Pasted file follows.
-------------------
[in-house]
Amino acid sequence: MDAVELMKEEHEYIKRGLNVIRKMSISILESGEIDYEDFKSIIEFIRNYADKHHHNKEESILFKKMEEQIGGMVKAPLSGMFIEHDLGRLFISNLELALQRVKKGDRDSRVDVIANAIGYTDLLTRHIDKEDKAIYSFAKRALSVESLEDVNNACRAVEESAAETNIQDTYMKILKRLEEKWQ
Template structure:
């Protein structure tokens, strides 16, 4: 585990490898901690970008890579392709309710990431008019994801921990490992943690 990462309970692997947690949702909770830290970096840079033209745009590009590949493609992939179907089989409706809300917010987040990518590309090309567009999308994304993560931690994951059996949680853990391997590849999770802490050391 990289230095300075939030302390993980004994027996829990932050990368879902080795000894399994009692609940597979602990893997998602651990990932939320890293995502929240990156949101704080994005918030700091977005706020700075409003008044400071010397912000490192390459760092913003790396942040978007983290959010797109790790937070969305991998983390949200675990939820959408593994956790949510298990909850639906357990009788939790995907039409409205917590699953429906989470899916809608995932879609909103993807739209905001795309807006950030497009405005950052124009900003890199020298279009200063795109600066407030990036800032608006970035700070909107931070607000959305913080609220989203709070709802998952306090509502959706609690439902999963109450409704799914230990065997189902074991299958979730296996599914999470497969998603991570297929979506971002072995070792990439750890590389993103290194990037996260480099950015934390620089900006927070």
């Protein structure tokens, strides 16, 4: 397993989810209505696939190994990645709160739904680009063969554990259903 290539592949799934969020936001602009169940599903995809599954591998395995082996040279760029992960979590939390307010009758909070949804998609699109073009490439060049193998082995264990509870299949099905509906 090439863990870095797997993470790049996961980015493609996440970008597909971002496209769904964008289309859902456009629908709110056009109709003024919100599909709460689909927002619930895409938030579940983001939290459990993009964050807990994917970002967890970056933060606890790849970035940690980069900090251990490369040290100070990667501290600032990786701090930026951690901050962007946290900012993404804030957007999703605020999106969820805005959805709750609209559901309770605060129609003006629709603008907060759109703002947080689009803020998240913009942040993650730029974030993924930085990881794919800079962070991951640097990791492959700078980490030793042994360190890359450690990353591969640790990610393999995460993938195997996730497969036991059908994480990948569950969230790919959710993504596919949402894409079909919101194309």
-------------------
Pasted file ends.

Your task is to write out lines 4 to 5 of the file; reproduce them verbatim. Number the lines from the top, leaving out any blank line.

């Protein structure tokens, strides 16, 4: 585990490898901690970008890579392709309710990431008019994801921990490992943690 990462309970692997947690949702909770830290970096840079033209745009590009590949493609992939179907089989409706809300917010987040990518590309090309567009999308994304993560931690994951059996949680853990391997590849999770802490050391 990289230095300075939030302390993980004994027996829990932050990368879902080795000894399994009692609940597979602990893997998602651990990932939320890293995502929240990156949101704080994005918030700091977005706020700075409003008044400071010397912000490192390459760092913003790396942040978007983290959010797109790790937070969305991998983390949200675990939820959408593994956790949510298990909850639906357990009788939790995907039409409205917590699953429906989470899916809608995932879609909103993807739209905001795309807006950030497009405005950052124009900003890199020298279009200063795109600066407030990036800032608006970035700070909107931070607000959305913080609220989203709070709802998952306090509502959706609690439902999963109450409704799914230990065997189902074991299958979730296996599914999470497969998603991570297929979506971002072995070792990439750890590389993103290194990037996260480099950015934390620089900006927070």
């Protein structure tokens, strides 16, 4: 397993989810209505696939190994990645709160739904680009063969554990259903 290539592949799934969020936001602009169940599903995809599954591998395995082996040279760029992960979590939390307010009758909070949804998609699109073009490439060049193998082995264990509870299949099905509906 090439863990870095797997993470790049996961980015493609996440970008597909971002496209769904964008289309859902456009629908709110056009109709003024919100599909709460689909927002619930895409938030579940983001939290459990993009964050807990994917970002967890970056933060606890790849970035940690980069900090251990490369040290100070990667501290600032990786701090930026951690901050962007946290900012993404804030957007999703605020999106969820805005959805709750609209559901309770605060129609003006629709603008907060759109703002947080689009803020998240913009942040993650730029974030993924930085990881794919800079962070991951640097990791492959700078980490030793042994360190890359450690990353591969640790990610393999995460993938195997996730497969036991059908994480990948569950969230790919959710993504596919949402894409079909919101194309």